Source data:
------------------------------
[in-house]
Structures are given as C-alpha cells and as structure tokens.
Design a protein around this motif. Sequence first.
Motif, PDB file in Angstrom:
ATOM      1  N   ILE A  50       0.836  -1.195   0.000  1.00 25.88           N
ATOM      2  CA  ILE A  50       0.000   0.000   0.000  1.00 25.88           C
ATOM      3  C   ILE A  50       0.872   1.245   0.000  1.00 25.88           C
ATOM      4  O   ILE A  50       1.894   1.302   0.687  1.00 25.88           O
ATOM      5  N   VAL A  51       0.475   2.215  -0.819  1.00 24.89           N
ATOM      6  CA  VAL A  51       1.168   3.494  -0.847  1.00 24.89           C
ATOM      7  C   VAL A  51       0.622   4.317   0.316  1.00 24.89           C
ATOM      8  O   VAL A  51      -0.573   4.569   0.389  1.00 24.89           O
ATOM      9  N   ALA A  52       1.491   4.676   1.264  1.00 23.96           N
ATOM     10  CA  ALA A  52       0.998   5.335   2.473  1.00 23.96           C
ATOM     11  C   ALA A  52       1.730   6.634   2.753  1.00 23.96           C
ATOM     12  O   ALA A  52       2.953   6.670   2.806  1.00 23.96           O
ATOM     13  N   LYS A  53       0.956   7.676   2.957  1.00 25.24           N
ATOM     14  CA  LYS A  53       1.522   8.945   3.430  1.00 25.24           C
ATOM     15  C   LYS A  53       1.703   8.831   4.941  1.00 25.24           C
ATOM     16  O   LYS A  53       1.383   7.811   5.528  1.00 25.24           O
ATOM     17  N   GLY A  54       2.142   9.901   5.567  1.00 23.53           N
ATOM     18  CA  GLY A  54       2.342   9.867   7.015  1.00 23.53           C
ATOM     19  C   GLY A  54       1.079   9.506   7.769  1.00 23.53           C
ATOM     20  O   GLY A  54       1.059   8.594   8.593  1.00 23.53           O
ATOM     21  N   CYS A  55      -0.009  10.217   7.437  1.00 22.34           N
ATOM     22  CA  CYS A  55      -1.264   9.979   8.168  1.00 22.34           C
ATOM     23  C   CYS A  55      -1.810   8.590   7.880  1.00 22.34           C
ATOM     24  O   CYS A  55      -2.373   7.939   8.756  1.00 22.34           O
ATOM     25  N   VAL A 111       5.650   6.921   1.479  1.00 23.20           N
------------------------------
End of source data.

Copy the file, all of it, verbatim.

[in-house]
Structures are given as C-alpha cells and as structure tokens.
Design a protein around this motif. Sequence first.
Motif, PDB file in Angstrom:
ATOM      1  N   ILE A  50       0.836  -1.195   0.000  1.00 25.88           N
ATOM      2  CA  ILE A  50       0.000   0.000   0.000  1.00 25.88           C
ATOM      3  C   ILE A  50       0.872   1.245   0.000  1.00 25.88           C
ATOM      4  O   ILE A  50       1.894   1.302   0.687  1.00 25.88           O
ATOM      5  N   VAL A  51       0.475   2.215  -0.819  1.00 24.89           N
ATOM      6  CA  VAL A  51       1.168   3.494  -0.847  1.00 24.89           C
ATOM      7  C   VAL A  51       0.622   4.317   0.316  1.00 24.89           C
ATOM      8  O   VAL A  51      -0.573   4.569   0.389  1.00 24.89           O
ATOM      9  N   ALA A  52       1.491   4.676   1.264  1.00 23.96           N
ATOM     10  CA  ALA A  52       0.998   5.335   2.473  1.00 23.96           C
ATOM     11  C   ALA A  52       1.730   6.634   2.753  1.00 23.96           C
ATOM     12  O   ALA A  52       2.953   6.670   2.806  1.00 23.96           O
ATOM     13  N   LYS A  53       0.956   7.676   2.957  1.00 25.24           N
ATOM     14  CA  LYS A  53       1.522   8.945   3.430  1.00 25.24           C
ATOM     15  C   LYS A  53       1.703   8.831   4.941  1.00 25.24           C
ATOM     16  O   LYS A  53       1.383   7.811   5.528  1.00 25.24           O
ATOM     17  N   GLY A  54       2.142   9.901   5.567  1.00 23.53           N
ATOM     18  CA  GLY A  54       2.342   9.867   7.015  1.00 23.53           C
ATOM     19  C   GLY A  54       1.079   9.506   7.769  1.00 23.53           C
ATOM     20  O   GLY A  54       1.059   8.594   8.593  1.00 23.53           O
ATOM     21  N   CYS A  55      -0.009  10.217   7.437  1.00 22.34           N
ATOM     22  CA  CYS A  55      -1.264   9.979   8.168  1.00 22.34           C
ATOM     23  C   CYS A  55      -1.810   8.590   7.880  1.00 22.34           C
ATOM     24  O   CYS A  55      -2.373   7.939   8.756  1.00 22.34           O
ATOM     25  N   VAL A 111       5.650   6.921   1.479  1.00 23.20           N